Carleton University researchers will receive more than $9 million from the Natural Sciences and Engineering Research Council of Canada (NSERC) to support important and diverse research in fields including subatomic physics, permafrost thaw, and connected and autonomous vehicles.

“NSERC funding enables Carleton to extend its cutting-edge research and support important national and international partnerships,” said Rafik Goubran, vice-president (Research and International). “The Carleton-led research supported by this funding will strengthen our multi-disciplinary research collaborations and deliver important benefits to Canadians.”

Richard Yu, professor in the School of Information Technology, has received funding through the Industrial Stream CREATE program for Building Trust in Connected and Autonomous Vehicles (CAVs). This project will attract, retain and train Canada’s leaders in CAVs and address associated challenges. CAVs have the potential to enhance transportation efficiency, reduce accidents, improve safety and provide greater mobility and environmental benefits. Despite this potential, significant challenges remain before widespread deployment.

Stephan Gruber, professor in the Department of Geography and Environmental Studies, is the principal investigator of NSERC PermafrostNet. With 16 professors and approximately 60 funded students and trainees at 11 universities and over 40 partnering organizations, the new Strategic Partnership Network aims to better understand and predict permafrost thaw and its consequences. Today, more than one-third of Canada has permafrost, and because of human-made climate change, much of this area will undergo dramatic change. Looking forward enables smarter, less costly solutions to be put in place.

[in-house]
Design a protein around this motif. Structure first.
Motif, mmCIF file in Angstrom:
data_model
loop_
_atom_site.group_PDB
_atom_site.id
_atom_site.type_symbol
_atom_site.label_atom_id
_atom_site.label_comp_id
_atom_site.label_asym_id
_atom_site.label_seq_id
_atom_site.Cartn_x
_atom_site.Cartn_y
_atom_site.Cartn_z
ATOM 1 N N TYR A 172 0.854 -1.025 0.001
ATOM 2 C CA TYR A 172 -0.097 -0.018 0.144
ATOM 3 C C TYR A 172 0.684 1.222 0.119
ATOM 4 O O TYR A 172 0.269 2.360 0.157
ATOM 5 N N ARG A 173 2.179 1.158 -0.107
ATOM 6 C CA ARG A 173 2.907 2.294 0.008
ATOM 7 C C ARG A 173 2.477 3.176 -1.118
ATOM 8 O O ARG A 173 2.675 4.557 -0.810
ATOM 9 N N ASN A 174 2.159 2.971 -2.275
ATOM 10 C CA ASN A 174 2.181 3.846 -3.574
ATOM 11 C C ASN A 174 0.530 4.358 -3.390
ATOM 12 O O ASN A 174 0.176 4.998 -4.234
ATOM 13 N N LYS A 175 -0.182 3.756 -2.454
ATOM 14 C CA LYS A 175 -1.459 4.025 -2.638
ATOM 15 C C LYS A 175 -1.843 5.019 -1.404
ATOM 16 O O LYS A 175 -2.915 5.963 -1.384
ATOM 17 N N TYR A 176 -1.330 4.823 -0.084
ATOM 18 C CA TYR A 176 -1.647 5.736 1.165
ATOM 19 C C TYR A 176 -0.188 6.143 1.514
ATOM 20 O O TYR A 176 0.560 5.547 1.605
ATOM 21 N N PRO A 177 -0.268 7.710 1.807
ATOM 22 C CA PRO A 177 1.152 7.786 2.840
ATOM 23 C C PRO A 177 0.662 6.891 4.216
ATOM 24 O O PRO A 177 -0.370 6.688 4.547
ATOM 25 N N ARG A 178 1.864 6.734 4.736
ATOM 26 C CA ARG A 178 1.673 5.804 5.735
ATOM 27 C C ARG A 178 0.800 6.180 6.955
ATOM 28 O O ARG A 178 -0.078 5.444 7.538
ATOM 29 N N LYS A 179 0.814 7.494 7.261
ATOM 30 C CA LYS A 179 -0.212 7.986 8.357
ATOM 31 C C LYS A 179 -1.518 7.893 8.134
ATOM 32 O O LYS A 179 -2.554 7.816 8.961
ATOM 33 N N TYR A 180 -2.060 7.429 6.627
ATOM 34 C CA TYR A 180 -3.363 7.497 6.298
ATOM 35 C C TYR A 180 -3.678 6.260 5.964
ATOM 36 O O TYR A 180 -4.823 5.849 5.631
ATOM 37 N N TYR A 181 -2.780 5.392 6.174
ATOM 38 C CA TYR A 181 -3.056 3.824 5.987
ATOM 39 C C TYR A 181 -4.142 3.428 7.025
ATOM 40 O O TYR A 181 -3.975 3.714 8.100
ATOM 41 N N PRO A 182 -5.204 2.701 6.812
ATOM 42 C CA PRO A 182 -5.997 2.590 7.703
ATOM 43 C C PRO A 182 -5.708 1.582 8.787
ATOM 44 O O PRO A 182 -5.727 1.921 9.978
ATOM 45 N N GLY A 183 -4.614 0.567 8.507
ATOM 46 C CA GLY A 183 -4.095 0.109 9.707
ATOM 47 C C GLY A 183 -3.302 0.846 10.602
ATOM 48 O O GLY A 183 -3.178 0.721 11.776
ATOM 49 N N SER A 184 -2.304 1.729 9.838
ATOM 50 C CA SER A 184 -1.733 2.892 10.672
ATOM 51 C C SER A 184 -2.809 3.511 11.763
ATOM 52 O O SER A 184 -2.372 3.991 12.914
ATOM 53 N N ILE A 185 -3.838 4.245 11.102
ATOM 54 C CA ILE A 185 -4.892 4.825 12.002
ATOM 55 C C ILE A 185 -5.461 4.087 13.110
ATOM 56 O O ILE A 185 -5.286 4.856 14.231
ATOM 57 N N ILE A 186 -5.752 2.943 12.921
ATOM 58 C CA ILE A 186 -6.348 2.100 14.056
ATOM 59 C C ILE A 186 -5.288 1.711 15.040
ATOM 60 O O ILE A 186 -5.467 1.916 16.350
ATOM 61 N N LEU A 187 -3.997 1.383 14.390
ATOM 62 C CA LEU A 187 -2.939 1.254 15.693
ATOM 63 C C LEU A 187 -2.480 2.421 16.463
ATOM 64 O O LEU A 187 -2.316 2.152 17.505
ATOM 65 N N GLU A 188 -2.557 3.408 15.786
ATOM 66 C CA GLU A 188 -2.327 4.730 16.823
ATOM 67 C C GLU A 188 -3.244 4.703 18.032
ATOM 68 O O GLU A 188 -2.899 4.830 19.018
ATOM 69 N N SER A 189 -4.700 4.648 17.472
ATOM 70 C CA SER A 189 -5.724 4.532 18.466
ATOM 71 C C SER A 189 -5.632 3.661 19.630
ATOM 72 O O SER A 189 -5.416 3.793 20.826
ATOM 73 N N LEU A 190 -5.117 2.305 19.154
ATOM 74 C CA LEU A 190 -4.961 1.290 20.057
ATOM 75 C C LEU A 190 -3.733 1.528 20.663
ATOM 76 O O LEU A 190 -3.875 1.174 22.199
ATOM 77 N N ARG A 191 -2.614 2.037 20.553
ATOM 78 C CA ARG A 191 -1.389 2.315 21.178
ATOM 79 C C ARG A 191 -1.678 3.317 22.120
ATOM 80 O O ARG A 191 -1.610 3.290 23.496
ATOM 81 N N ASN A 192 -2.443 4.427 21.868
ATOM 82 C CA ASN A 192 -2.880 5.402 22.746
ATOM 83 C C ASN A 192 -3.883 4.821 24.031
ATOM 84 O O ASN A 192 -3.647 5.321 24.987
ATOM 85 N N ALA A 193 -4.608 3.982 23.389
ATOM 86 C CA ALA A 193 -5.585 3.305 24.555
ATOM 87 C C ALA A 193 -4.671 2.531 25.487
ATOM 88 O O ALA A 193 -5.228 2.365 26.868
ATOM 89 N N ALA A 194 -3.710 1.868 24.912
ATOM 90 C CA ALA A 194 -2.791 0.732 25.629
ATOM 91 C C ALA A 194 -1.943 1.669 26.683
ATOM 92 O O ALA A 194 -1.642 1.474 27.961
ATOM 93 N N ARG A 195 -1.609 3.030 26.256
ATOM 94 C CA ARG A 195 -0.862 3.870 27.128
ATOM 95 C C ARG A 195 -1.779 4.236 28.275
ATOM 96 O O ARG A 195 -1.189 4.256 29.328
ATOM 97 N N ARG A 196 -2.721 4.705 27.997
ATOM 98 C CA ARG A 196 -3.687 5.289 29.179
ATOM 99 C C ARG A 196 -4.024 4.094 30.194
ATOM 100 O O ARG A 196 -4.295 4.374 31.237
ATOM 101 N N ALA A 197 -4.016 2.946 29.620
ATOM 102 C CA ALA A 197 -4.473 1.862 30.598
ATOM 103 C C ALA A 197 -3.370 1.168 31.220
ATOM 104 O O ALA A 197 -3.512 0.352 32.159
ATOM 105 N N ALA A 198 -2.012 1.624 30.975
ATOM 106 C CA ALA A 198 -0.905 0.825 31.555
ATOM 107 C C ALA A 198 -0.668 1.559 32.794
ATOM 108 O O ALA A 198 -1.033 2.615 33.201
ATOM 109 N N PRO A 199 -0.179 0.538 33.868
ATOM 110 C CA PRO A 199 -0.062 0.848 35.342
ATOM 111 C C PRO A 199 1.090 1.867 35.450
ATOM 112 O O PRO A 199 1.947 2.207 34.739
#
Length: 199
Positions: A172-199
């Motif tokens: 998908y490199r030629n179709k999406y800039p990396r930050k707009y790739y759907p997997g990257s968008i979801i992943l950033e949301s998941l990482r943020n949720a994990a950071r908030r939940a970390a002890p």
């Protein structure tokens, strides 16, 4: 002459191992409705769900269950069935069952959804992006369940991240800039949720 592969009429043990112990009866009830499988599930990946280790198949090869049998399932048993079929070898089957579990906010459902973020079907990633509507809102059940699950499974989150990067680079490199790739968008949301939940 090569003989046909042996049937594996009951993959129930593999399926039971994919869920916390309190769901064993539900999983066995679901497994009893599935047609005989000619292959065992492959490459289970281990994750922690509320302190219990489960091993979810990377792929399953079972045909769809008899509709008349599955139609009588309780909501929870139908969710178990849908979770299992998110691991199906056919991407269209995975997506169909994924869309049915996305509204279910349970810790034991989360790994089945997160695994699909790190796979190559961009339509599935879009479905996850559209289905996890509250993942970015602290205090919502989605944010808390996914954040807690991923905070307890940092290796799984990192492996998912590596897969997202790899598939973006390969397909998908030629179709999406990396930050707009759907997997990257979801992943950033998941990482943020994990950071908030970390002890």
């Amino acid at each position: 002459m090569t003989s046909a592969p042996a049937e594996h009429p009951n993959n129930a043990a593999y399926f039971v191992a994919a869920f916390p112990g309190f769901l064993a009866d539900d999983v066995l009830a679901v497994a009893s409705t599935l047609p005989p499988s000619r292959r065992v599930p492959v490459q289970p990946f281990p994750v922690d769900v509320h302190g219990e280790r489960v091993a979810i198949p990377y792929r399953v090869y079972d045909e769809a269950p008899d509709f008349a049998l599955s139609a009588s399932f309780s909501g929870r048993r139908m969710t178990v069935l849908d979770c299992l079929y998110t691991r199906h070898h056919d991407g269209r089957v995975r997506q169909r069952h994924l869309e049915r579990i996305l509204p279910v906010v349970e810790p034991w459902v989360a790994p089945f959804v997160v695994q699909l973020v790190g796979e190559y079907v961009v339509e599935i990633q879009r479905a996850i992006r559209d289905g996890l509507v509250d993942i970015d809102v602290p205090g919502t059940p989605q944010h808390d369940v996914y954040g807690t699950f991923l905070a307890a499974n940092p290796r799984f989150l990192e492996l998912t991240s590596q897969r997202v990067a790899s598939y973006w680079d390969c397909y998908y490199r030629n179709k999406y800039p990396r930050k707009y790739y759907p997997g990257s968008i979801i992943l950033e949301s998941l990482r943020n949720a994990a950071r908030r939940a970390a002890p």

The research program will also observe permafrost thaw and then test and improve existing computer models. This is important because there is little data or experience measuring permafrost thaw. By investigating thaw with hands-on measurement and with computer models, Canadians will gain a better understanding of this important issue.

During the past three years, the Dark Matter Experiment with Argon Pulse (DEAP)-3600 detector has been stable in its operations and providing excellent data on the search for weakly interacting massive particles (WIMPs). The NSERC funding received by Mark Boulay, professor in the Department of Physics, will allow his team to continue collecting this data and conduct a full analysis of results with improved sensitivity. It will also enable Boulay to expand the sensitivity of the experiment by modifying the detector’s hardware.

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Steven Reid
Media Relations Officer
Carleton University

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